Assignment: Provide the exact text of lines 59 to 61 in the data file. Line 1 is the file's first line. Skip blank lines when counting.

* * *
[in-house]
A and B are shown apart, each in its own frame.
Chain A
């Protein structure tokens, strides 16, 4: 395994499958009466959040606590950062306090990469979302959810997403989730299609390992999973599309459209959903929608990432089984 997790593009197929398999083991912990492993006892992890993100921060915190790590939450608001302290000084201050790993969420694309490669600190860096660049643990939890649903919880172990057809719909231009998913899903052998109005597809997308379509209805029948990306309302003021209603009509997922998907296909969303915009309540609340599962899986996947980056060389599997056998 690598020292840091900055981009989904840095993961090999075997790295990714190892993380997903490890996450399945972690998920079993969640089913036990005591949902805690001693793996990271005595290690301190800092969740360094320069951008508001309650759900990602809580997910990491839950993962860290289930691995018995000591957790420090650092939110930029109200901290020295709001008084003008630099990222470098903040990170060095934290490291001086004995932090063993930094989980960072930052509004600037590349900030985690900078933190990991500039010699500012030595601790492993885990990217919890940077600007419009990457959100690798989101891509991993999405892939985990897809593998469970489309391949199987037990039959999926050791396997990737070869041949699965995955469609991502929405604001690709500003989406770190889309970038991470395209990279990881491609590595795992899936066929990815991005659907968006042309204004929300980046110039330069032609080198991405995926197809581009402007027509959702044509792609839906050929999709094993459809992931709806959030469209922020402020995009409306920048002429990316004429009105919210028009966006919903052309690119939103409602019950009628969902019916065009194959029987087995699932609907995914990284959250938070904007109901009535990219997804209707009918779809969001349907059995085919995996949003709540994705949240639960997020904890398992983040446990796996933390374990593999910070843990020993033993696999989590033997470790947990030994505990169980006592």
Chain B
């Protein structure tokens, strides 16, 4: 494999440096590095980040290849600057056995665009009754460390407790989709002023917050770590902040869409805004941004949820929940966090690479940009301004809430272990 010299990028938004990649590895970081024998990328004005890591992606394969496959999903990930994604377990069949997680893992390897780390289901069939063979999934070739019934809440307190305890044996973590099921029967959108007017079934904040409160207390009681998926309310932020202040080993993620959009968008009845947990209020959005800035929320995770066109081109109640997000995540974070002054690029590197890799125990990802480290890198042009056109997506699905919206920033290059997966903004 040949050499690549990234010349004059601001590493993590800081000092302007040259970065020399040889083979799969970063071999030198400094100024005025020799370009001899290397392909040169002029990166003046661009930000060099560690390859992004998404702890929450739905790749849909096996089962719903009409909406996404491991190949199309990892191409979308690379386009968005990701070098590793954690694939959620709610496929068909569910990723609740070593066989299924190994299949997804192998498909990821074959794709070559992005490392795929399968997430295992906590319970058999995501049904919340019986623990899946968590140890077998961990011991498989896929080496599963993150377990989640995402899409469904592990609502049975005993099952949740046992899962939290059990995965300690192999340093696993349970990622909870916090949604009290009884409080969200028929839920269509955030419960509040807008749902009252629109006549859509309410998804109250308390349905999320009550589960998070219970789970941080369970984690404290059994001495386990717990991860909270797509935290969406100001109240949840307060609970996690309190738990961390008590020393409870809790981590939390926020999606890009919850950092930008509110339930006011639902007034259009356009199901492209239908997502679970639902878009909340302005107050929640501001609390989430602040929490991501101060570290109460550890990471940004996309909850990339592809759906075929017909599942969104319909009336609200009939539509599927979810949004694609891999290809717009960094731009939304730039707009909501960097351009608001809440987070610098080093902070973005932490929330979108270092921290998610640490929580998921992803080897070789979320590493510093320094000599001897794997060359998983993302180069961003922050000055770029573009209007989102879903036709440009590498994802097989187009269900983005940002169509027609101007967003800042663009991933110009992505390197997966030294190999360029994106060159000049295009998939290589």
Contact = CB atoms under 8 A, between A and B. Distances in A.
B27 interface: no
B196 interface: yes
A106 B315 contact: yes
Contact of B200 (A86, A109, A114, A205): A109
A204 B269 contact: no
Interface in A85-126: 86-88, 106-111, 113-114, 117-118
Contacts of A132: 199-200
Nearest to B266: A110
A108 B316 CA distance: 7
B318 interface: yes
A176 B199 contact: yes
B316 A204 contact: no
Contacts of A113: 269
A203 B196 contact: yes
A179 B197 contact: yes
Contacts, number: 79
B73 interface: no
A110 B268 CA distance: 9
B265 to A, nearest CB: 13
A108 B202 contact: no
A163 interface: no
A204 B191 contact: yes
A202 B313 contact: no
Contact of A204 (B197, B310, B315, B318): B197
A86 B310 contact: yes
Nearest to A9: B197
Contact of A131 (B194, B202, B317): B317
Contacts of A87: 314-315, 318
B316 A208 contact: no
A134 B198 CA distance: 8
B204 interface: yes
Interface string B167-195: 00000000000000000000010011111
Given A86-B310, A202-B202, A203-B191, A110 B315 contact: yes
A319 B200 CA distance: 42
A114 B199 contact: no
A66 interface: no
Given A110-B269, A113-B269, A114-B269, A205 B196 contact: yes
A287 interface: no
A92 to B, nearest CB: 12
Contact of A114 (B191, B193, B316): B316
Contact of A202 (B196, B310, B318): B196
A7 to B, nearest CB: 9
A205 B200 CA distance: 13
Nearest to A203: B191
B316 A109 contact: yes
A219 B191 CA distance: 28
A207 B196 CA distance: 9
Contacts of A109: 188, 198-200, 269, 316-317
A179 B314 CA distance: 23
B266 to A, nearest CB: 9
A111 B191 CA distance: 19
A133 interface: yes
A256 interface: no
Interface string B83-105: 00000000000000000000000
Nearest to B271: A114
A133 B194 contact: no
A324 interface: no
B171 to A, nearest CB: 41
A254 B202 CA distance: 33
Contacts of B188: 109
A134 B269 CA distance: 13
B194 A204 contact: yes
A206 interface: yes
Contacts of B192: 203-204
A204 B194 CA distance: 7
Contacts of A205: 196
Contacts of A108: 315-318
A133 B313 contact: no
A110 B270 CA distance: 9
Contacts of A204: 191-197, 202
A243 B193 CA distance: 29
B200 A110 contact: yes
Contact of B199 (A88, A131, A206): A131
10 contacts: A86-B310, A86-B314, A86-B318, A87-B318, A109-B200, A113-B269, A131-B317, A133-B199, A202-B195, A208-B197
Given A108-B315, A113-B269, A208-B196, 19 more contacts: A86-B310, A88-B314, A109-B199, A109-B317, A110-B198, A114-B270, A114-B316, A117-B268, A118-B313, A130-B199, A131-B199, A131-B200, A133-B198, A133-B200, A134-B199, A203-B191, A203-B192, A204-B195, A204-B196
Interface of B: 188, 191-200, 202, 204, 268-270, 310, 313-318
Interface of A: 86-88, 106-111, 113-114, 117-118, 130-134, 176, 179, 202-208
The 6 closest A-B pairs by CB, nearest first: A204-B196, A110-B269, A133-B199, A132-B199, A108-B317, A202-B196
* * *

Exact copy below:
A133 interface: yes
A256 interface: no
Interface string B83-105: 00000000000000000000000